By Sabrina Rodriguez
By Michael E. Miller
By Carlos Suarez De Jesus
By Luther Campbell
By Kyle Munzenrieder
By Sabrina Rodriguez
By Trevor Bach
By Kyle Munzenrieder
Tattoo is sitting in his patrol car under a tree, watching small groups of kids crawling to class as slowly as ants across Douglas MacArthur South High School's parklike campus. Seventeen acres of near-pastoral charm slapped into a lower-middle-class slice of Kendall Lakes West: "Mac South" is what the self-deprecating slackers call their place of higher learning. It's one of the prime sites where other Miami-Dade schools dump their problems. For many of the 300-odd students, it's the last stop before Juvie Justice, or a job at One-Day Autobody.
As the teenagers -- mostly boys, mostly from the county's poorer sections -- stroll by the school police car, some wave or nod; a few call out: "Hey, Hurley!" Nodding back is Ofcr. Charles Hurley, a compact 30-year-old with large vivid tattoos covering his muscular forearms like an extension of the dark blue uniform sleeves that cover his biceps. Mornings like these he makes a slow tour of the campus, touching base with security monitors, teachers, and administrators. "Is everything okay? No problems?" Hurley asks.
"Naw, no problems," responds security supervisor Joe Coats, from his golf-cart roost. Then he laughs, stretches his arms over the steering wheel, and says what everybody always says: "Not yet."
Hurley lets his foot slip the brake, and the white-and-blue cruiser slowly rolls on. He glances at the speedometer, under which a miniature, two-dimensional Dan Marino in full Dolphins regalia regards him from a protective plastic case. He smiles contentedly, a man whose major passions are his wife and daughter, his job, and grilling enormous slabs of meat in the parking lot of Pro Player Stadium every couple of weeks. As his car turns a corner, heading toward the workshop where some students learn an electrical trade, a lanky, towheaded boy points at Hurley in greeting. The car stops and the window rolls down. "How you doing?" he gently accuses. "Staying out of trouble?" The boy attempts to suggest he has been. "Yeah, you know, always," the student tries, with a sloppy shrug and grin. As Hurley moves on, another boy with wiry black hair calls to him. "Stay up, man! You know the code!" And he does know.
Later in the day Hurley will explain the curious popularity he enjoys, a wary respect the students accord him because even though he is a cop, he's not like the stuffed uniforms they may have encountered in the streets and already learned to distrust. He knows these kids, their turbulent family lives, their daily challenges ... As irritating as it is when he busts somebody for small-time drug deals, skipping school, or fighting, Hurley believes most of the students are relieved he's there every day, pushing back when they test the limits. The way he puts it is much simpler. "Kids like rules," he says, bespectacled brown eyes twinkling under a Marine-style haircut. "They like to feel safe -- even if they're the biggest thug."
At a Cuban restaurant around the corner, Hurley's almost constant stream of chatter turns to his own problems. He orders a large platter of vaca frita with all the fixings. Usually his wife makes him take a bag lunch, so this is a treat. The main thing on Hurley's mind is money, since during this time his union is at the end of a two-year battle with the school district over pay raises.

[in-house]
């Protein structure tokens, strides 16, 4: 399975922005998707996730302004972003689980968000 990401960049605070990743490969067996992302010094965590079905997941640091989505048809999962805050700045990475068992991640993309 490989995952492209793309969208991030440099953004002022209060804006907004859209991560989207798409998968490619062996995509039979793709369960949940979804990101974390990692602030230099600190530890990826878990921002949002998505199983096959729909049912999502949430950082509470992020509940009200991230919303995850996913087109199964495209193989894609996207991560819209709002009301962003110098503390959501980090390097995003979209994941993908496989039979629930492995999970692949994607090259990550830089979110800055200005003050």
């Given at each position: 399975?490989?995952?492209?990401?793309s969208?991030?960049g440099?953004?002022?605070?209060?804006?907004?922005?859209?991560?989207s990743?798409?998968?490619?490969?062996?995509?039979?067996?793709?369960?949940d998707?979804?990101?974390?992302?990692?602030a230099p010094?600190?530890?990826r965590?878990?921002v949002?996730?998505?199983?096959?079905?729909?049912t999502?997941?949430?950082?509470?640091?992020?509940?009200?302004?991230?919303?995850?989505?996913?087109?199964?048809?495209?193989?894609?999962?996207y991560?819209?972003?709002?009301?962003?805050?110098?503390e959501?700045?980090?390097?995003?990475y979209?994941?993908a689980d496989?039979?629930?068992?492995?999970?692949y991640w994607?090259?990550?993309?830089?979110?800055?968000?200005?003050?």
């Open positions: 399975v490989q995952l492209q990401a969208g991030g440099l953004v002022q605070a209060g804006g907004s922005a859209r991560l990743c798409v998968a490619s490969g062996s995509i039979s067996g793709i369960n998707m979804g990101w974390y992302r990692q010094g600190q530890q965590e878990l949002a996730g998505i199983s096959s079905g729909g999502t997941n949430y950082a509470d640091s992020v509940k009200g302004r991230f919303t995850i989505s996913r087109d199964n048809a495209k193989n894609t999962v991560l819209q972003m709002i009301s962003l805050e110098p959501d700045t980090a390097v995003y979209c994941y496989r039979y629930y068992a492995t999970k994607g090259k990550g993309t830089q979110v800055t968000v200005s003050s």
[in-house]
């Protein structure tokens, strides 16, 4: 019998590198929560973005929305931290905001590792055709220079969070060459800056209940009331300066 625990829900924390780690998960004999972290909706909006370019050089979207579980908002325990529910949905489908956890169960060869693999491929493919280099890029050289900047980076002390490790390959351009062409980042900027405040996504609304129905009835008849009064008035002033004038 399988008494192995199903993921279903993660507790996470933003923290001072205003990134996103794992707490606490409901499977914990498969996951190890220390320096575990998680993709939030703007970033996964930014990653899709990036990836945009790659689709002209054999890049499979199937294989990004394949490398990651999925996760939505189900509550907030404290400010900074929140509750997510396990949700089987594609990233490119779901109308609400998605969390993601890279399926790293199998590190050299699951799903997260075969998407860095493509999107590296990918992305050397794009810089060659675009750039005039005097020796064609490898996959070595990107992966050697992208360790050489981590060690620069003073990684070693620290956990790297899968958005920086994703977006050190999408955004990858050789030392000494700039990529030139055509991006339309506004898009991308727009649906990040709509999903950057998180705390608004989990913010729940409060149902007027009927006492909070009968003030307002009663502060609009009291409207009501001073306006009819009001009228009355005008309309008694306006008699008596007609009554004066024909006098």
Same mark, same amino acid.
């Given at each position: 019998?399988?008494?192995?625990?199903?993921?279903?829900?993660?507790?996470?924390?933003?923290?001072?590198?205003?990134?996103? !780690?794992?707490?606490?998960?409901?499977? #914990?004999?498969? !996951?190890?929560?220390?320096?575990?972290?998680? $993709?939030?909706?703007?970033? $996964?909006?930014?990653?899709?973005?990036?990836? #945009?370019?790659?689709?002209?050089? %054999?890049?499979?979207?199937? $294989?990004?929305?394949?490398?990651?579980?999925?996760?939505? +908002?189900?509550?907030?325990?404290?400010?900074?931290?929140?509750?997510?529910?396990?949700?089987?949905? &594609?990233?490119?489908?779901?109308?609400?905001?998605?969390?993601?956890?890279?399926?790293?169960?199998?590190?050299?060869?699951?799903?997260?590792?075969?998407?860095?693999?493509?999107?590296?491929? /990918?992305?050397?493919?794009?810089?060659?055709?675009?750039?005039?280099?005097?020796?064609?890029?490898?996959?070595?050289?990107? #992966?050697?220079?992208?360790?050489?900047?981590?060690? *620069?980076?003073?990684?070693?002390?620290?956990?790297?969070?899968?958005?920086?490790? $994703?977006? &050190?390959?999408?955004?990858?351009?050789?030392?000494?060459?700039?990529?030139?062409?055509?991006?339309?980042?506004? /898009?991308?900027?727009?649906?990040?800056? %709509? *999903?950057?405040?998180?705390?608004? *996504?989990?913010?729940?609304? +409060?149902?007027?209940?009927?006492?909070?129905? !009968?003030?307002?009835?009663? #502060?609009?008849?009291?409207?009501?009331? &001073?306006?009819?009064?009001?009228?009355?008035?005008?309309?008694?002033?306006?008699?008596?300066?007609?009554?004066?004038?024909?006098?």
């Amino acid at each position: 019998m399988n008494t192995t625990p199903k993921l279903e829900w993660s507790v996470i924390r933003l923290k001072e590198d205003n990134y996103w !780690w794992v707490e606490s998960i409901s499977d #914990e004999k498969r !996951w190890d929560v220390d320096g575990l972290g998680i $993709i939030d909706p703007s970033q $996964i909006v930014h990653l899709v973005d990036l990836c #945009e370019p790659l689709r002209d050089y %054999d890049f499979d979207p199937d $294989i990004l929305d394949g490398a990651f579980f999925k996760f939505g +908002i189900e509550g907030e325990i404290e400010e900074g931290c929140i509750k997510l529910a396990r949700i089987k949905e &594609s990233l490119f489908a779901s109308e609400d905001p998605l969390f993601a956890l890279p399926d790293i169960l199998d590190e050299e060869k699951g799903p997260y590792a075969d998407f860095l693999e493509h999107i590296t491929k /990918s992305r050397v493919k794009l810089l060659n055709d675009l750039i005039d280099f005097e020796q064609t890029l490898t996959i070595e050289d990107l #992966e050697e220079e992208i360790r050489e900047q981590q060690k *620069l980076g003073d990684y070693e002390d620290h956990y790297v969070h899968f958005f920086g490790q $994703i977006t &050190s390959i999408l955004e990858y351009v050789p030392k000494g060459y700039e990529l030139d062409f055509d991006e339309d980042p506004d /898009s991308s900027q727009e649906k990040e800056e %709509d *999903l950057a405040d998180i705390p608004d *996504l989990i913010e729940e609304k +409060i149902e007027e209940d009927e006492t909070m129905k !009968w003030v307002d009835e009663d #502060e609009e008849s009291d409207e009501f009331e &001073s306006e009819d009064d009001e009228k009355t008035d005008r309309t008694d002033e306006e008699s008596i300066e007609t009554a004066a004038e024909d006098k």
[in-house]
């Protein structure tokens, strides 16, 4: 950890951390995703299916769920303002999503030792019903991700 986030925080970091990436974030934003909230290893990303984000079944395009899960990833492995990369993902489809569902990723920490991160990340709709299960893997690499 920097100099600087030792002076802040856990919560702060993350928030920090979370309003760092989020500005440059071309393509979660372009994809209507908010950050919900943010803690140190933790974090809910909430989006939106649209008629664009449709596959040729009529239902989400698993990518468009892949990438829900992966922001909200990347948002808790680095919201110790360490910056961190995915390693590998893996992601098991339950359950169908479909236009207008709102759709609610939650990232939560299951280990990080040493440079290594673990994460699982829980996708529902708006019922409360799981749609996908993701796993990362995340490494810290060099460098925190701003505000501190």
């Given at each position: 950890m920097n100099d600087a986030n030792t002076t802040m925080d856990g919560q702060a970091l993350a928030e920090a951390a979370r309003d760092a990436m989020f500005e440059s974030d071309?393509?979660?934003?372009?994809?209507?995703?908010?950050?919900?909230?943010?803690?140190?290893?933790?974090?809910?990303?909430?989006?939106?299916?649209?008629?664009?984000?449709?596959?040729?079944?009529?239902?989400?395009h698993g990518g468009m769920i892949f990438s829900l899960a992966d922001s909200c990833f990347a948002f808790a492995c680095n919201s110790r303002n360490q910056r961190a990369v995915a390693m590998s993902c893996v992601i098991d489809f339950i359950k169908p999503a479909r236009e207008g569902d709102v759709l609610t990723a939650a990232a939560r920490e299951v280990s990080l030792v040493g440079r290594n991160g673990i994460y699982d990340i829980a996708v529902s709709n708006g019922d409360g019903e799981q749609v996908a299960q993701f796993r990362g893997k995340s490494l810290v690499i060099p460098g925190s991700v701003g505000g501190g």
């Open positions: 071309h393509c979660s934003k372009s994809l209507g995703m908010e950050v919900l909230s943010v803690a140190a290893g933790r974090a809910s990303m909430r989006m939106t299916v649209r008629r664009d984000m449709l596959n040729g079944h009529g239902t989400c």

None of the 164 officers whose salaries depend on the outcome of that struggle know what to expect, and it's had an effect on morale. "The department is kind of in a holding pattern," Hurley muses. "It's like we're on a launching pad. If things come through, we'll take off."
Hurley is talking about more than just money, though right now that's the hot issue in the department. He's talking about Pete Cuccaro, the new chief of the Miami-Dade County Public Schools Police Department. Not new, exactly, since he was hired by the school board in March 2000, but new in that he is transforming the department. Hurley and more than a dozen other officers who spoke to New Timesbelieve Cuccaro is turning their department around; they admit it had a long, often-deserved reputation for being unprofessional. "Day-care workers, baby sitters, campus cops," union negotiator Joe Puleo ticks off the labels that have been applied to the school police.
Less than two years ago, the school police was riddled with problems. The department's long-standing tradition of hiring and promoting officers with questionable qualifications had finally caught up with it. Then-Chief Vivian Monroe was at odds with a growing number of officers, who were outraged at her practice of promoting her friends and protecting her allies by meddling in police investigations. The State Attorney's Office and other police agencies also were concerned about the way investigations were conducted. Top school officials were embarrassed.
Then in early 2000 the school district brain trust hit upon an ingenious solution to this growing headache. They brought in a professional to run the place, retired county policeman Pete Cuccaro, a guy who once walked out of a consulting deal for the hit Eighties series Miami Vice because he didn't like the brutal way Sonny Crockett and Ricardo Tubbs were being portrayed. Under the guidance of this new chief, the school police has been given a second chance. Slowly the force has begun to transcend its former reputation. But not without growing pains. "I think the new chief had to learn a lot about the way things are done in Miami-Dade public schools that's different from Metro-Dade," notes school board member Manty Sabates Morse. "He was probably surprised."